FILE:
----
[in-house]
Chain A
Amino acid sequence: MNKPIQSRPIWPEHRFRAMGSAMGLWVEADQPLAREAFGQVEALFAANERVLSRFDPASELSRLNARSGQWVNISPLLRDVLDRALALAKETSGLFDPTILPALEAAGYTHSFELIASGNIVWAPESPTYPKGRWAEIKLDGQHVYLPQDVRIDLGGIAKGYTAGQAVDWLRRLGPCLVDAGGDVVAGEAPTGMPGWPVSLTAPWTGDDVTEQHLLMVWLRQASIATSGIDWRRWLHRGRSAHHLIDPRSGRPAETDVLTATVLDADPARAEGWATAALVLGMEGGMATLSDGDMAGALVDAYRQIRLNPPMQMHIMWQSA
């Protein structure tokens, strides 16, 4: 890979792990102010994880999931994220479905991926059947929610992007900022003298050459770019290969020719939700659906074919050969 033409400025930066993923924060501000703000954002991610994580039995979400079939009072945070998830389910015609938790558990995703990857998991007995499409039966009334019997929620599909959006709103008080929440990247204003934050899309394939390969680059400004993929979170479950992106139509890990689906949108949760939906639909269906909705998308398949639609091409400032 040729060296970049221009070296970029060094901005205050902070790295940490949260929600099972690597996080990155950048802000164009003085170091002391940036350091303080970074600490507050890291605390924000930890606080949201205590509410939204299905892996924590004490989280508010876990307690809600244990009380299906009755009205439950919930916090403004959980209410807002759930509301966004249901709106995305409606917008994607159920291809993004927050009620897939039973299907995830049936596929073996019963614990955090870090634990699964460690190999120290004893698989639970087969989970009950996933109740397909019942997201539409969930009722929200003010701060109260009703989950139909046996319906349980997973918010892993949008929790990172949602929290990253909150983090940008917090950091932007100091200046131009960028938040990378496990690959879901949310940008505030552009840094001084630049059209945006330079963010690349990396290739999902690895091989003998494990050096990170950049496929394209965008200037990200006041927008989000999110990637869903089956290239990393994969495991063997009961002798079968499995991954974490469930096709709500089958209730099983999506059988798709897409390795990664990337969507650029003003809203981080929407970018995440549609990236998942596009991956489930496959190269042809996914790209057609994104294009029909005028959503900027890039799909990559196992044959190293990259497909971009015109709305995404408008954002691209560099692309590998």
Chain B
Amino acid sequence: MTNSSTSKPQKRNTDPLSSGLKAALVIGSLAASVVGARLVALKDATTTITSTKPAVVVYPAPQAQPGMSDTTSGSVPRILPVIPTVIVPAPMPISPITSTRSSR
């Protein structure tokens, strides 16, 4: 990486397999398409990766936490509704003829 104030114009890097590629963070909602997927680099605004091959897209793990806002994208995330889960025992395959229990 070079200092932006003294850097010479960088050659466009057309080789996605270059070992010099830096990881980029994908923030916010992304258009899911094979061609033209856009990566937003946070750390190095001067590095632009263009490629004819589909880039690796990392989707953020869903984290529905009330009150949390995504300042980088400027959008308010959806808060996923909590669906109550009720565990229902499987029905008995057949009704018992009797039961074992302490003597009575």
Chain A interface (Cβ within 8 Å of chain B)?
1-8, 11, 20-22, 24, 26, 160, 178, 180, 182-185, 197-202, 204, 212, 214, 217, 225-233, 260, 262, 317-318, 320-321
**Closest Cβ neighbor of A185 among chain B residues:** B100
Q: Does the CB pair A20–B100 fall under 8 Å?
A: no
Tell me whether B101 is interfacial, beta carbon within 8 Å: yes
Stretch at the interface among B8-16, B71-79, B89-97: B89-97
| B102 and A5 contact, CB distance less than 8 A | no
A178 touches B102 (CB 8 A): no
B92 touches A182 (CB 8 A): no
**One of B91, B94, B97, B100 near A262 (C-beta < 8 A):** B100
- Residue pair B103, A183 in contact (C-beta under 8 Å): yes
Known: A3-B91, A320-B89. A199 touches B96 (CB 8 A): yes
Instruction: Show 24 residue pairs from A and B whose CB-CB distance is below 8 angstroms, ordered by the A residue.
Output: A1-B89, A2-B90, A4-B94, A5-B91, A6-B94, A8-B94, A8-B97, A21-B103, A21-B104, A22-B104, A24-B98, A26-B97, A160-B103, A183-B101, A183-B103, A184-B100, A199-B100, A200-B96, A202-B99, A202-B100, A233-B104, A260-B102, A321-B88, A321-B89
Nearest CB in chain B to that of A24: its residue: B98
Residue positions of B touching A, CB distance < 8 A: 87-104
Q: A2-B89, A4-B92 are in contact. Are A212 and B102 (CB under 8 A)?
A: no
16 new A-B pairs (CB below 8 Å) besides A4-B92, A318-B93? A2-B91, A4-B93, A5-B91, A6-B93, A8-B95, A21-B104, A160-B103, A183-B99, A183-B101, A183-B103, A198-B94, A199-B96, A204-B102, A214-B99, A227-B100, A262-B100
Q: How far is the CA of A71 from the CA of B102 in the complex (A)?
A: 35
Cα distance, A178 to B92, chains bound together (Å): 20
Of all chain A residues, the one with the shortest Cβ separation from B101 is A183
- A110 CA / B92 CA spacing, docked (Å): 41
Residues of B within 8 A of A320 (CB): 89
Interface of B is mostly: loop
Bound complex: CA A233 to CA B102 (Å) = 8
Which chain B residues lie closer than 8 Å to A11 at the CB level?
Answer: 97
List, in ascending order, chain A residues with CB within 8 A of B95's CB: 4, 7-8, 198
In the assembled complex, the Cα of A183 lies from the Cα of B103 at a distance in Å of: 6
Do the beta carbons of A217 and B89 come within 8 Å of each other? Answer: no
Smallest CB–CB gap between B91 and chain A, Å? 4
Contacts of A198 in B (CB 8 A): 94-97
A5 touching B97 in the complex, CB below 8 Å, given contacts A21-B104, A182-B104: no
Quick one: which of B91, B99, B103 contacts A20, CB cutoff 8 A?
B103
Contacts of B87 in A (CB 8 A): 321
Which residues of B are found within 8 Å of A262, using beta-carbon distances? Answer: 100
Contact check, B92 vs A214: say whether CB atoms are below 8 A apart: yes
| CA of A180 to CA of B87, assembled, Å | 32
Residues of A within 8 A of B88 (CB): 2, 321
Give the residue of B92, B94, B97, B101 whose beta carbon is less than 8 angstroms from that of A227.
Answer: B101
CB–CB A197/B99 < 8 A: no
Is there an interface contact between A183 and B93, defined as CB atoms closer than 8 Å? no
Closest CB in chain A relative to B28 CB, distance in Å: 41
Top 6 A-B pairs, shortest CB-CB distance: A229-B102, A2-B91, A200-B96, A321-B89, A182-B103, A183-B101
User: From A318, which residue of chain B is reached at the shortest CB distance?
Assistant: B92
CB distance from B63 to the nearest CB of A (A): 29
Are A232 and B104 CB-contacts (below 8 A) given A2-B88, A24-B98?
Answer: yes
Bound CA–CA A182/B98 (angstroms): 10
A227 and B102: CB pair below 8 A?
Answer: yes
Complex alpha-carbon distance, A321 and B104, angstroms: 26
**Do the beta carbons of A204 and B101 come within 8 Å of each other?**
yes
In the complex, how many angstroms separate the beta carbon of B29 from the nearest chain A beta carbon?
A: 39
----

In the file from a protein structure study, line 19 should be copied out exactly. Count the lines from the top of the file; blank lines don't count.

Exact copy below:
- Residue pair B103, A183 in contact (C-beta under 8 Å): yes